Drug interactions and adverse effects/toxicities are typically those described for diuretics as a class. However, some special considerations for furosemide bear mentioning. Furosemide has the potential for ototoxicity. When administered as the sole agent, furosemide in dosages >20 mg/kg, IV, can result in loss of hearing in dogs. Dosages of 50–100 mg/kg result in profound loss of hearing. Furosemide can also potentiate the ototoxic and nephrotoxic effects of other drugs such as the aminoglycosides.
For treatment of life-threatening cardiogenic pulmonary edema in dogs, parenteral dosages of 2–4 mg/kg, every 1–6 hr, IV, IM, or SC in dogs and 0.5–2 mg/kg, every 1–8 hr, IV, IM, or SC in cats are typically used. Dosing intervals depend on the response to therapy; initially, boluses can be given every 1–2 hr and decreased to every 4–8 hr in dogs, and given every 2 hr and decreased to every 6–8 hr in cats. Alternatively, a constant-rate infusion (CRI) of 0.25–1 mg/kg/hr in dogs or 0.25–0.6 mg/kg/hr in cats could be used. Bolus administration and CRI for treatment of life-threatening pulmonary edema is tapered over 12–24 hr as clinical signs resolve. Typical starting dosages for longterm management of CHF in dogs are 2 mg/kg, PO, bid, with a range of 1–5 mg/kg, PO, bid-tid, and in cats are 1 mg/kg/day, PO, with a range of 1–2 mg/kg, PO, once to twice daily to a maximum total daily dose of 4–6 mg/kg.
Furosemide should be stored at 15º–30ºC and protected from light. Parenteral formulations having a yellow color have degraded and should not be used. Furosemide tablets that have been exposed to light may be discolored and should not be used. Furosemide injection can be mixed with 0.9% saline or Ringer’s solution. A precipitate may form if the injection is mixed with strongly acidic solutions such as those containing ascorbic acid, tetracycline, adrenaline (epinephrine), or noradrenaline (norepinephrine). Furosemide injection should not be mixed with lidocaine, alkaloids, antihistamines, or morphine.
The thiazides act primarily by reducing membrane permeability to sodium and chloride in the distal convoluted tubule. They promote potassium loss at this site and produce large increases in urine sodium concentration but only mild to moderate increases in urine volume. The thiazides are ineffective when renal blood flow is low, which may explain their lack of efficacy as a sole agent in animals with severe heart failure.
Preparations and Disposition:
Hydrochlorothiazide is available in tablet form. In dogs, thiazides are well absorbed after oral administration. Hydrochlorothiazide has an onset of action within 2 hr, peaks at 4 hr, and lasts 12 hr.
Drug Interactions and Toxicity:
Drug interactions include a decrease in efficacy of anticoagulants and insulin and an increase in efficacy of digoxin, loop diuretics, vitamin D, and some anesthetics. Thiazide diuretics are also reported to prolong the half-life of quinidine.
The most common adverse effects of thiazide diuretics are electrolyte disturbances. Thiazide diuretics are potassium wasting, and when combined with loop diuretics, the likelihood of adverse effects such as azotemia and hypokalemia are increased. They may also increase calcium reabsorption and thus lead to hypercalcemia. Adverse effects, including renal failure, can be minimized when hydrochlorothiazide is added to chronic CHF treatment protocols that include high-dose furosemide by reducing the total daily dose of furosemide by approximately 25%–50% and starting at the lower end of the monotherapy dosage range for hydrochlorothiazide (2 mg/kg, PO, bid).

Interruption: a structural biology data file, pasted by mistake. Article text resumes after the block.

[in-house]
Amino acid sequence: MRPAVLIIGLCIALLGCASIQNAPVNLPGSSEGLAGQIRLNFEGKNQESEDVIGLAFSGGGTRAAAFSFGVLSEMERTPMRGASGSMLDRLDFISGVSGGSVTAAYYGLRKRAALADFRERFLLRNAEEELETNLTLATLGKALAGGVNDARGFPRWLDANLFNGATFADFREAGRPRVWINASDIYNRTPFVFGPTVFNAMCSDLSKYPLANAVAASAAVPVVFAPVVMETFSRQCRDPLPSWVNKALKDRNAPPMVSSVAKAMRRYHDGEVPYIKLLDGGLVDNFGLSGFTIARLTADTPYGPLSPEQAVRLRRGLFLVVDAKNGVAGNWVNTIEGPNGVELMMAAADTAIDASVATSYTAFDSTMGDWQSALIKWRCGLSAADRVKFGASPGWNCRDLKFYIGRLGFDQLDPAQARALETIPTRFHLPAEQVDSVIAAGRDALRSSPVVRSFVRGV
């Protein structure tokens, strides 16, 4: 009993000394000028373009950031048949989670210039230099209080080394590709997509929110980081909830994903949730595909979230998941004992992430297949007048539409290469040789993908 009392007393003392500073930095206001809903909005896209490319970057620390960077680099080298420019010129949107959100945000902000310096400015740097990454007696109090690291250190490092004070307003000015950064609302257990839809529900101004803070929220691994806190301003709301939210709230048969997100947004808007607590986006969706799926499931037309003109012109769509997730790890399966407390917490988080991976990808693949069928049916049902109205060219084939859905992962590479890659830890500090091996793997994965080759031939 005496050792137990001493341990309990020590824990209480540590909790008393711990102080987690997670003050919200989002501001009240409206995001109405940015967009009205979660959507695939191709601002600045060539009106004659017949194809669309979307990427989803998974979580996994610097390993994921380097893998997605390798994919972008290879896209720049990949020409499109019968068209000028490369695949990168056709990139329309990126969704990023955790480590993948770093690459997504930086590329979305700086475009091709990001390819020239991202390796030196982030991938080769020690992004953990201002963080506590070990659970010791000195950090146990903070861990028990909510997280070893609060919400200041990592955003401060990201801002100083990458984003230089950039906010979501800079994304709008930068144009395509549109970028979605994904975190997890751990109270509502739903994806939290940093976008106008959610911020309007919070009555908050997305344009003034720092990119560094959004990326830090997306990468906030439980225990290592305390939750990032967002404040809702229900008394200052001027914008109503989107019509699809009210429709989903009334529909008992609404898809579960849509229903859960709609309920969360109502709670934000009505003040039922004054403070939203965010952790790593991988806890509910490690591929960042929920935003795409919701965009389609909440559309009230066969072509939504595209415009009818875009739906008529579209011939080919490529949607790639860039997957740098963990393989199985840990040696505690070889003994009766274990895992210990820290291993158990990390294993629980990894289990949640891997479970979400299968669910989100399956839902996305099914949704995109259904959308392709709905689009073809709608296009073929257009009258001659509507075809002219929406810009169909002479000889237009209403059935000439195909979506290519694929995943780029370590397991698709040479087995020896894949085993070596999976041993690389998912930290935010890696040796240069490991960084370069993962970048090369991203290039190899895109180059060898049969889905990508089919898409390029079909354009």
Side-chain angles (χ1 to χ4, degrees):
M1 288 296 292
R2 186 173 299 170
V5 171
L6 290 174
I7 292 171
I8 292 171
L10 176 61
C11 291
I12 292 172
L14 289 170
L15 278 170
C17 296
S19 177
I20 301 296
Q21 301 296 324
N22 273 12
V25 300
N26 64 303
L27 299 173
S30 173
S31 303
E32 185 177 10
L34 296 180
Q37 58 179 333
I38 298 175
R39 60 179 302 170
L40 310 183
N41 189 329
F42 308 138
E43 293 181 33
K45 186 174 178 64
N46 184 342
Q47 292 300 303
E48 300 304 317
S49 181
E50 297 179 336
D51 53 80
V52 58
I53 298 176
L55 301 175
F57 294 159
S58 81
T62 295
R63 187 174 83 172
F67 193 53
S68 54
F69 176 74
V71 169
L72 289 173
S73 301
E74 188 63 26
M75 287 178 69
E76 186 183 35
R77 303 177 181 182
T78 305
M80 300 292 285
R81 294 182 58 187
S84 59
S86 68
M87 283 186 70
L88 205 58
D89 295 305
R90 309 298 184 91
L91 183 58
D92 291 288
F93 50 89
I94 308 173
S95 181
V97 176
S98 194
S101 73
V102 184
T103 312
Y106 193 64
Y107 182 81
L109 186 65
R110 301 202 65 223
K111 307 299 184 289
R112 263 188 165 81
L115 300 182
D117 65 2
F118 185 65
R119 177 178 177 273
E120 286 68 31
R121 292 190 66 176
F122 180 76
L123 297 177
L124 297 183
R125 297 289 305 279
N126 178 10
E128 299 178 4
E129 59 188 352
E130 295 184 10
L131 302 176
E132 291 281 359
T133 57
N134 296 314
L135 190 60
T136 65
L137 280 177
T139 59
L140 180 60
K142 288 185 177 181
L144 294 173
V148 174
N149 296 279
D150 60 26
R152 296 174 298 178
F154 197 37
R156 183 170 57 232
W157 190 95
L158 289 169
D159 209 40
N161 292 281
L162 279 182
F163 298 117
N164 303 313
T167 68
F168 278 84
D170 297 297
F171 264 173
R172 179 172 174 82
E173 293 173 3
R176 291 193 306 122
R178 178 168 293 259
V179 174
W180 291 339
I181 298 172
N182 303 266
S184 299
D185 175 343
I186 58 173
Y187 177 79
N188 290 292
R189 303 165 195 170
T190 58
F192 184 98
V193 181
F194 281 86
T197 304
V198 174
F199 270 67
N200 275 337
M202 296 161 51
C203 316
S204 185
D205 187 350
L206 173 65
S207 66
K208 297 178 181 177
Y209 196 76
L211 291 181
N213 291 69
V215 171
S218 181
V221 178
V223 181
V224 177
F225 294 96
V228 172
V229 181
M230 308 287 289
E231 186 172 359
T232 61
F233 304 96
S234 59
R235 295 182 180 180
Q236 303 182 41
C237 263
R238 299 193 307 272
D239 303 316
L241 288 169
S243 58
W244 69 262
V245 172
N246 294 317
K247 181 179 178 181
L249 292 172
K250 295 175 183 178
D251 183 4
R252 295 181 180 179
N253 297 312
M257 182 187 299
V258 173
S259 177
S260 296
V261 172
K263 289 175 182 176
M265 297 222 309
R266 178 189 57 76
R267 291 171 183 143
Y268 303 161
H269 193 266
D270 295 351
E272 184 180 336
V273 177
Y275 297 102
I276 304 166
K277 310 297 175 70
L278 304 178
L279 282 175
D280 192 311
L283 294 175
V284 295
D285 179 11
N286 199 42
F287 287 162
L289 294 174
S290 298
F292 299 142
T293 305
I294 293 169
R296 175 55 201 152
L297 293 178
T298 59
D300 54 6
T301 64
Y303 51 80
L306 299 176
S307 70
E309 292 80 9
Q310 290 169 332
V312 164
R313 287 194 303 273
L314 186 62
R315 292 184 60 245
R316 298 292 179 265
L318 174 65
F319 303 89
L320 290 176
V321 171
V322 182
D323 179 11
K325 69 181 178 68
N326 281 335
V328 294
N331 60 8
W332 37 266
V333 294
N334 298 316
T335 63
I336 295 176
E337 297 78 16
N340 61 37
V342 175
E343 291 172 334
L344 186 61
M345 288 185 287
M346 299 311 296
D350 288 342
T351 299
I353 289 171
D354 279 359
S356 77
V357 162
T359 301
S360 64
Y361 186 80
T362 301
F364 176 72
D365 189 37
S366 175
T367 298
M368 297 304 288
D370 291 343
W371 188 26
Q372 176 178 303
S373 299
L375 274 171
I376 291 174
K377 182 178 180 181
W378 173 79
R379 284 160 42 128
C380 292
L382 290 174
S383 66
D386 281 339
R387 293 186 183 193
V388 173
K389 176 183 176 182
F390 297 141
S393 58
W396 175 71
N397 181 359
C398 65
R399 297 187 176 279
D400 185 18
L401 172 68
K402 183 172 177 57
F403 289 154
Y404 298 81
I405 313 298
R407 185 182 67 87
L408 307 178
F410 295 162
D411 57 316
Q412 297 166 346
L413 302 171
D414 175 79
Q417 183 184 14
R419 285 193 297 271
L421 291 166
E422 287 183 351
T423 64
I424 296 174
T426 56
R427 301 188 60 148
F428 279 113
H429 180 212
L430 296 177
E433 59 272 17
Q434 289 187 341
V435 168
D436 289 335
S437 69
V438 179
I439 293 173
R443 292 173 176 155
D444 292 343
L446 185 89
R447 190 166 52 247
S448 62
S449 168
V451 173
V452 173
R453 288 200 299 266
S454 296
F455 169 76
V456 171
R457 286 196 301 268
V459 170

Compared with that of furosemide, the relative potency of thiazide diuretics is low in dogs and cats when used as monotherapy; thus, they are rarely used as first-line diuretics in these species. Thiazides are primarily used in dogs that have developed furosemide resistance and are commonly referred to as rescue diuretics in dogs. The typical monotherapy dosage for hydrochlorothiazide in dogs is 2–4 mg/kg, PO, bid. When hydrochlorothiazide is added to furosemide, the initial dosage should be 2 mg/kg, PO, bid. The typical monotherapy dosage for hydrochlorothiazide in cats is 0.5–2 mg/kg, PO, once to twice daily.
This class of diuretics acts by inhibiting the action of aldosterone on distal tubular cells or by blocking sodium reabsorption in the latter regions of the distal tubule and collecting tubules, exerting a mild diuretic effect compared with that of furosemide. Spironolactone is structurally similar to aldosterone and binds competitively to aldosterone-binding sites in the distal tubule. Because of its aldosterone antagonism, spironolactone is also considered an inhibitor of the renin-angiotensin-aldosterone system (RAAS) and thus a neuroendocrine modulator. Spironolactone is the most commonly used potassium-sparing diuretic in veterinary medicine.
Preparations and Disposition:
Spironolactone is available as a tablet for oral administration. It is highly protein-bound, metabolized by the liver, and excreted by the kidneys. Peak diuresis occurs as late as 2–3 days after administration.
Drug Interactions and Toxicity:
Potential toxicities include hyperkalemia, which may be exacerbated by concurrent therapy with an ACE inhibitor, especially if furosemide is not also administered. Facial excoriation has been reported in cats, but initial reports may overestimate the frequency.
In dogs with CHF, particularly those with ascites secondary to right heart failure, an increased plasma aldosterone concentration may be present, and the effect of these diuretics may be enhanced. However, potassium-sparing diuretics are weak diuretics when used alone and thus should never be used as sole agents in animals with heart failure. When potassium-sparing diuretics are administered with other diuretics such as furosemide, potassium loss is decreased, which may be beneficial. Recent studies suggest that adding spironolactone to chronic CHF treatment in dogs may improve survival. The increasing use of spironolactone in veterinary medicine is related to these potential cardioprotective/antifibrotic effects and not its diuretic effect per se. The dosage of spironolactone for diuretic use is 2–4 mg/kg/day. Lower dosages (0.5–1 mg/kg, bid) may be considered for inhibition of the RAAS. Typical dosages for adjunctive treatment of CHF in dogs are 1–2 mg/kg, PO, bid, or 2 mg/kg/day, PO; similar dosages are used for a cardioprotective indication in dogs. Typical dosages for adjunctive treatment of CHF in cats are 1–2 mg/kg, PO, once to twice daily.